The costs to comply with this law are staggering. Just days ago, the federal bureaucracy released more than 600 pages of proposed regulations related to health insurance exchanges, just one provision of PPACA. Many companies expect to hire full-time staff just to comply with the law, taking resources away from the company’s normal production for an unproductive position.
Given these economic costs, there is little wonder why most Oklahomans vehemently oppose this mandate and are anxious to see the U.S. Supreme Court overturn the law.
While I, too, hope the Supreme Court rids our nation of this excessive regulation, I’m not holding my breath. This is one reason I have been frustrated with our state Legislature. Instead of attacking PPACA head-on with an Oklahoma free-market solution as the alternative to a federally imposed system, legislators have decided to let the Supreme Court decide Oklahoma’s fate.
Despite having a bipartisan bill that would protect Oklahomans, the state Legislature decided not to hear it, using the Supreme Court case as an excuse for inaction. To me, this is “kicking the can down the road,” rather than addressing the problem by establishing a local solution.
One aspect of PPACA is the mandate that each state create an insurance exchange. If a state fails to act, the federal government will create one for the state and force its acceptance. While regulations are still being generated, it is clear a state-based exchange, or marketplace, will have more flexibility and consumer choice than a federally imposed one.
For example, a federal exchange could take knowledgeable local insurance agents out of the picture and replace them with what they are calling “navigators.” A federal exchange could have a single insurance provider, whereas a state-based system would have multiple insurance companies, creating flexibility and competition. (Oklahoma’s “Insure Oklahoma” system has more than 20 companies offering options, and this proven model could serve as the basis for a statewide marketplace.)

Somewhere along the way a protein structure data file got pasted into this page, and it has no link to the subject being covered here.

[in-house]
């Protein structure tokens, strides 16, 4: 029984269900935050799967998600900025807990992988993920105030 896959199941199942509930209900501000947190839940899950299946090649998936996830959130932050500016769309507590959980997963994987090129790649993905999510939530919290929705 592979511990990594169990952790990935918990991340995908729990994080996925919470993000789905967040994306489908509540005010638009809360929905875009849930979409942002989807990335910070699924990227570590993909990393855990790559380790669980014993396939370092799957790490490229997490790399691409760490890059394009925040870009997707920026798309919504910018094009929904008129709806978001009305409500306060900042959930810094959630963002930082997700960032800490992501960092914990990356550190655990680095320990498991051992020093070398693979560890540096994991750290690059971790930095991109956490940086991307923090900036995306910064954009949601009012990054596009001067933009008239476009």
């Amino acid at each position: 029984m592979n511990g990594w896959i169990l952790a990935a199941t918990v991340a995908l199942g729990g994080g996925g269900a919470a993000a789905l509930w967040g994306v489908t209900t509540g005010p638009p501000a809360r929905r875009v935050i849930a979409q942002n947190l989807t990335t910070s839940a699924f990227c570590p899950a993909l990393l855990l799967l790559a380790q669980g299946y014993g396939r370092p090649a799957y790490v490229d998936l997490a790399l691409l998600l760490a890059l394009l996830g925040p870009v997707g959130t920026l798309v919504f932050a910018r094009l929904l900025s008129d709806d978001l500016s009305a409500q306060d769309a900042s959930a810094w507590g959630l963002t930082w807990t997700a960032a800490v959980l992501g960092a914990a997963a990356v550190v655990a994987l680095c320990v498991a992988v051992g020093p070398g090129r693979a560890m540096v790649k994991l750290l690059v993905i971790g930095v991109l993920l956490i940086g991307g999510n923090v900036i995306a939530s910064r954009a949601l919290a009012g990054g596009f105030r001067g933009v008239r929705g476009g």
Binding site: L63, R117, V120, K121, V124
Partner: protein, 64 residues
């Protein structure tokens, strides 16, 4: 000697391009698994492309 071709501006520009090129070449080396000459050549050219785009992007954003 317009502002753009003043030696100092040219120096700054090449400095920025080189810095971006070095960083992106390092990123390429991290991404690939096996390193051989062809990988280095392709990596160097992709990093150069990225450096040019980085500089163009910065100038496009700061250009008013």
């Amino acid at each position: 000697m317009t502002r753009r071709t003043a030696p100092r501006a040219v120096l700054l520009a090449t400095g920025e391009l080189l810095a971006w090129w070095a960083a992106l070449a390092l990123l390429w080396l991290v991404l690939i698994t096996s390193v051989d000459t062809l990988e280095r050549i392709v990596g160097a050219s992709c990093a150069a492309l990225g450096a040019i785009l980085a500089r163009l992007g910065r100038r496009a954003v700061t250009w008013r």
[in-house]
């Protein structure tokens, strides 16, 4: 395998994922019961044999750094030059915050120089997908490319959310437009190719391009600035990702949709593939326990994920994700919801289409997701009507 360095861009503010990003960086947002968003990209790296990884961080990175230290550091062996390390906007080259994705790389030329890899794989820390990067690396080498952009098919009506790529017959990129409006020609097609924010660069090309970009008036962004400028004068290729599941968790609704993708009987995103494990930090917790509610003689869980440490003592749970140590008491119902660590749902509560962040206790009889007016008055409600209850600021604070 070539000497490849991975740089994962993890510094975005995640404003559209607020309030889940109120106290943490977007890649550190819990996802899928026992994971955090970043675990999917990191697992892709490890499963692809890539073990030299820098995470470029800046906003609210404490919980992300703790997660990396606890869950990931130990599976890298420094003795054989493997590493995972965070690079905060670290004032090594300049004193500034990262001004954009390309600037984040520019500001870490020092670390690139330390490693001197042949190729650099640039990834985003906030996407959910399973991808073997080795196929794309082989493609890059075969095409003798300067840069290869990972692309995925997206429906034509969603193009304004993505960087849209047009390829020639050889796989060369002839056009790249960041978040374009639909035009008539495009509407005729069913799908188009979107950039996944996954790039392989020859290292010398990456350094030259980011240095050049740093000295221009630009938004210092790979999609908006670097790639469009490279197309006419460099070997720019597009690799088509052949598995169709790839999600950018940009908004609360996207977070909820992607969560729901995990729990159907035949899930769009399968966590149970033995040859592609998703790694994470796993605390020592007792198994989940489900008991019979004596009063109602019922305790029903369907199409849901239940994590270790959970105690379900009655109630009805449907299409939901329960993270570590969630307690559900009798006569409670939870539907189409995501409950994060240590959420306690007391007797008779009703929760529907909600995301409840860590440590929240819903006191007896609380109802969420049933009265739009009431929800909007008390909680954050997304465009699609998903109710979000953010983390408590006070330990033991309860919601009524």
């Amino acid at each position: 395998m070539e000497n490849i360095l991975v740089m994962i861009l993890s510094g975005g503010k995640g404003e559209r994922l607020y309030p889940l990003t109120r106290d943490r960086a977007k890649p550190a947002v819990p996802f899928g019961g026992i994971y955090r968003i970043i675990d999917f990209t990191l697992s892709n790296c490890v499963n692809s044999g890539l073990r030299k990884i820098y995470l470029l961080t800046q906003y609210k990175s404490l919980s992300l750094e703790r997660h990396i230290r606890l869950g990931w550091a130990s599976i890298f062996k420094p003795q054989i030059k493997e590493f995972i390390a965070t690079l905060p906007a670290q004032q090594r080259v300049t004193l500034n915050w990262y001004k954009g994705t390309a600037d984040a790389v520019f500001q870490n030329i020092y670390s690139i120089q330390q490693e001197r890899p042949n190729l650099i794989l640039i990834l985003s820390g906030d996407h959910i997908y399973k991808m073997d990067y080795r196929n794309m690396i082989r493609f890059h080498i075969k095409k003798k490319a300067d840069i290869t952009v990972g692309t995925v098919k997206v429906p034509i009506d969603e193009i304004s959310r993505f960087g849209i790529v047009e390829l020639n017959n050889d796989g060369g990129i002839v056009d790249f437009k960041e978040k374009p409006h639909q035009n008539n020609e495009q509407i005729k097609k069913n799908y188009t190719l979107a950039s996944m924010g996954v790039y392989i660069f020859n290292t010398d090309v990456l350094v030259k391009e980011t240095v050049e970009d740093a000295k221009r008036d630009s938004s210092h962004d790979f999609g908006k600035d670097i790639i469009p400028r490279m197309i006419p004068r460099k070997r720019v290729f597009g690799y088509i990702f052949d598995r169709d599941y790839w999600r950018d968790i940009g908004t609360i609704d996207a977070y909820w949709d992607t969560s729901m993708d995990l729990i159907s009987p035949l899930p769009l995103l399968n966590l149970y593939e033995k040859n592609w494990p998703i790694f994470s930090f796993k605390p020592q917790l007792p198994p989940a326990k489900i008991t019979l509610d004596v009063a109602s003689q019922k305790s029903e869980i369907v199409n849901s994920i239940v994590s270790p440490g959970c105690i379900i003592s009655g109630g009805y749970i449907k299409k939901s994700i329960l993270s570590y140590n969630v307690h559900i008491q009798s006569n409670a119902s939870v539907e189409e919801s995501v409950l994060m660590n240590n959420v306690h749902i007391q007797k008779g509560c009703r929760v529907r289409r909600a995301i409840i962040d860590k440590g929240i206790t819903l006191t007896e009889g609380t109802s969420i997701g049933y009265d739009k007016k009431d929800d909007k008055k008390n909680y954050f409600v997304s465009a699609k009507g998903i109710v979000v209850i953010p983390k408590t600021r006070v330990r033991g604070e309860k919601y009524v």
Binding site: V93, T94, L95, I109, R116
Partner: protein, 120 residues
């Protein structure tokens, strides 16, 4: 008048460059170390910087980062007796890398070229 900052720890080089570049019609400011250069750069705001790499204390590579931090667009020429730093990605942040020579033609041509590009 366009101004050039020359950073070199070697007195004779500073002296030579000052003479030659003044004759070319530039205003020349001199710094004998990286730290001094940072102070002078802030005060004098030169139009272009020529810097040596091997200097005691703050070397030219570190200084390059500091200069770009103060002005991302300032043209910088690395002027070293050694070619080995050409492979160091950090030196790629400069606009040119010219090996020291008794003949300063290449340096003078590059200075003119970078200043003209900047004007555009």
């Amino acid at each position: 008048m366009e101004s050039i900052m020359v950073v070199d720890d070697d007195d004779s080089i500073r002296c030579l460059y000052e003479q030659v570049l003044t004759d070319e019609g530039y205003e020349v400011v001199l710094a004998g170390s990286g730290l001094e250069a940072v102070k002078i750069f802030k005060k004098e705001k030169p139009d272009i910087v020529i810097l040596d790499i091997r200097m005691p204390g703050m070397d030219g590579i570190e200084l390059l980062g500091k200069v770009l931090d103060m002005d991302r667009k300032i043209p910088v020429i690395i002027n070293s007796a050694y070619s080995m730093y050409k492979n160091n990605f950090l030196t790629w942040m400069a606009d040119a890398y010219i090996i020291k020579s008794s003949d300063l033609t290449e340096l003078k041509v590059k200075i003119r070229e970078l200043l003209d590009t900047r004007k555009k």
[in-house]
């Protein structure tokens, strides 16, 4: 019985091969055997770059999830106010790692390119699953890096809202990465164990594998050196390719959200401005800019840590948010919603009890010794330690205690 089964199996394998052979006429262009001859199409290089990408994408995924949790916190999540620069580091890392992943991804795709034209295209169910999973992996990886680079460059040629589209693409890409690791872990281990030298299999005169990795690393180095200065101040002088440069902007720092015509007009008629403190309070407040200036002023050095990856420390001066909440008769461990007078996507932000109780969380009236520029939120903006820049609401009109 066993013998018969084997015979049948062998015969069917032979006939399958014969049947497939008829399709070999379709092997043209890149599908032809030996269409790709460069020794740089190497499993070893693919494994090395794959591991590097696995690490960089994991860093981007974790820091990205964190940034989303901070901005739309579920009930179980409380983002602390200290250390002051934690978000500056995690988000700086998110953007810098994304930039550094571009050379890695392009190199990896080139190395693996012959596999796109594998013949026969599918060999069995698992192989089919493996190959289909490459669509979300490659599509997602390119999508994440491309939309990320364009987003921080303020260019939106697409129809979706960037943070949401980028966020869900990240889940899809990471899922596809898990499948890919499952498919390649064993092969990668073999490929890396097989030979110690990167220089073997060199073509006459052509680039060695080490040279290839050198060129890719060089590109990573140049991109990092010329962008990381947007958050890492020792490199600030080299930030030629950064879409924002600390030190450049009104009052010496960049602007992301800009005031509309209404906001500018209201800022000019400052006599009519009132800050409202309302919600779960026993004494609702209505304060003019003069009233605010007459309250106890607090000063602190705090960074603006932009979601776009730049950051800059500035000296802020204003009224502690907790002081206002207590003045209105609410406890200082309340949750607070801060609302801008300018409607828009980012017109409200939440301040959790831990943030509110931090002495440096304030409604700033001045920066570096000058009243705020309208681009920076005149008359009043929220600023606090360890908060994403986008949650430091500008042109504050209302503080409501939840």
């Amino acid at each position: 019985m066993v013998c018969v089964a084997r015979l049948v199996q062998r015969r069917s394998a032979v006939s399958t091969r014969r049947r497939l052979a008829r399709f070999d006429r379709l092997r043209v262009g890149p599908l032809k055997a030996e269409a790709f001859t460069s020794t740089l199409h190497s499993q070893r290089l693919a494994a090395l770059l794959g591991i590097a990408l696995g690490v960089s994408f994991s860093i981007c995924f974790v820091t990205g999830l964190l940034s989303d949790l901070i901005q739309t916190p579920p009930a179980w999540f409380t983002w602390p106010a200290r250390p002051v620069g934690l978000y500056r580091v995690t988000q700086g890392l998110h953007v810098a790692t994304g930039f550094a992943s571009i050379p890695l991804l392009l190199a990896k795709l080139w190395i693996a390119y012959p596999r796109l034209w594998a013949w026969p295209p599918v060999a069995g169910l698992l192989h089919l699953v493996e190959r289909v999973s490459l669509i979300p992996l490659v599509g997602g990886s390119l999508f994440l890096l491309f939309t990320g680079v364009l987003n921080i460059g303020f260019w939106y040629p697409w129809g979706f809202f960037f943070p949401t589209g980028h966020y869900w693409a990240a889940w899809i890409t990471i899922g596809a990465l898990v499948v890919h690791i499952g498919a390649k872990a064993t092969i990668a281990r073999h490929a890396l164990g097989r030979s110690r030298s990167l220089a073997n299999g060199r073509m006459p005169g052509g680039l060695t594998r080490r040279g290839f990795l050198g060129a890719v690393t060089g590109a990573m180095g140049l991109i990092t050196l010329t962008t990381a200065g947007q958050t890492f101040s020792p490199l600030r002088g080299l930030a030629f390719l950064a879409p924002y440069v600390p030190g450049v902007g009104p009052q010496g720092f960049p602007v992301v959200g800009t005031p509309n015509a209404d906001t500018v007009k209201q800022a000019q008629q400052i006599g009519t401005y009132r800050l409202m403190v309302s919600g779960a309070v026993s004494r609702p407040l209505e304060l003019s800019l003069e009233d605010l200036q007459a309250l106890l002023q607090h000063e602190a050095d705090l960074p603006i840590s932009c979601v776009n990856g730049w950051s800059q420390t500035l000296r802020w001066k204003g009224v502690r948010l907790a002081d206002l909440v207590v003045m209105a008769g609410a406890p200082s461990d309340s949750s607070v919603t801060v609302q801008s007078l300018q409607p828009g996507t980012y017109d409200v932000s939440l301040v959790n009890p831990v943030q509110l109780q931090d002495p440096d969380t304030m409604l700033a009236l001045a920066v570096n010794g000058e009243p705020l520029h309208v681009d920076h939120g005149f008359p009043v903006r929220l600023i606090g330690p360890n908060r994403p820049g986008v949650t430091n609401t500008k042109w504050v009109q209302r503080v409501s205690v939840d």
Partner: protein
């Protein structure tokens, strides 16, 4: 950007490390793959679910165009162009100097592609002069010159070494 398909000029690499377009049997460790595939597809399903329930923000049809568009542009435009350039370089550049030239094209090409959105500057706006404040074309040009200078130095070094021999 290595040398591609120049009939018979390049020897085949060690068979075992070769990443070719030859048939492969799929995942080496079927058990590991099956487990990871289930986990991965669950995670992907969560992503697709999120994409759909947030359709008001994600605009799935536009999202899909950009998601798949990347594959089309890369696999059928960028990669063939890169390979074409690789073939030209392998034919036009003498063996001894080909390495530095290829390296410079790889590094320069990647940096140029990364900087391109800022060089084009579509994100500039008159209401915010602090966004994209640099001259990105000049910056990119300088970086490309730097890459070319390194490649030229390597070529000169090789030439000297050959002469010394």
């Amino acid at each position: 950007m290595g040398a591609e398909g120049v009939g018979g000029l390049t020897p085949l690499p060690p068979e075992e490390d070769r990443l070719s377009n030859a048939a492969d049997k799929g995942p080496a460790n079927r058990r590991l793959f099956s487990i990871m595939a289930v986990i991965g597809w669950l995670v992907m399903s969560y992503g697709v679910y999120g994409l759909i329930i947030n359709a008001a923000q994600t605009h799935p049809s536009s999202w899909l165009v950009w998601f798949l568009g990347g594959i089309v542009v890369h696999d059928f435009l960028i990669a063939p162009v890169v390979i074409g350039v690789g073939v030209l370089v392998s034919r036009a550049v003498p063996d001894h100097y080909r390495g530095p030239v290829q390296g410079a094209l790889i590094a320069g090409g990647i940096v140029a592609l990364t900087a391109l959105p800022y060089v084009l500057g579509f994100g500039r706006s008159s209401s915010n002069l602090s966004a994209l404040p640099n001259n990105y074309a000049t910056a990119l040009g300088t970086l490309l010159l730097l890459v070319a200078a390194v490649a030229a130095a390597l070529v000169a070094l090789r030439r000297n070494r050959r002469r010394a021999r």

According to PPACA — which, like it or not, is the law of the land — if Oklahoma does not show significant progress toward establishing its own system by January 2013, the federal government exchange will be imposed on Oklahomans, removing all freedoms of choice. By law, our legislative session ends in May. The Supreme Court will not release its ruling until June or July. Barring an expensive special session, our Legislature will not be able to act before the deadline.
Instead of making the right — although tough — decision of creating Oklahoma’s own system, our Legislature has punted to an unknown future court decision, potentially jeopardizing any say or freedom Oklahoma consumers and citizens have in choosing health care solutions that meet their needs … not federal dictates.
Beale is founder and senior vice president of Beale Professional Services, an Oklahoma City insurance agency. He serves on the health care committees of the State Chamber of Oklahoma and the Greater Oklahoma City Chamber.
Opinions expressed on the commentary page, in letters to the editor and elsewhere in this newspaper are those of the author and do not necessarily reflect the opinions of ownership or management.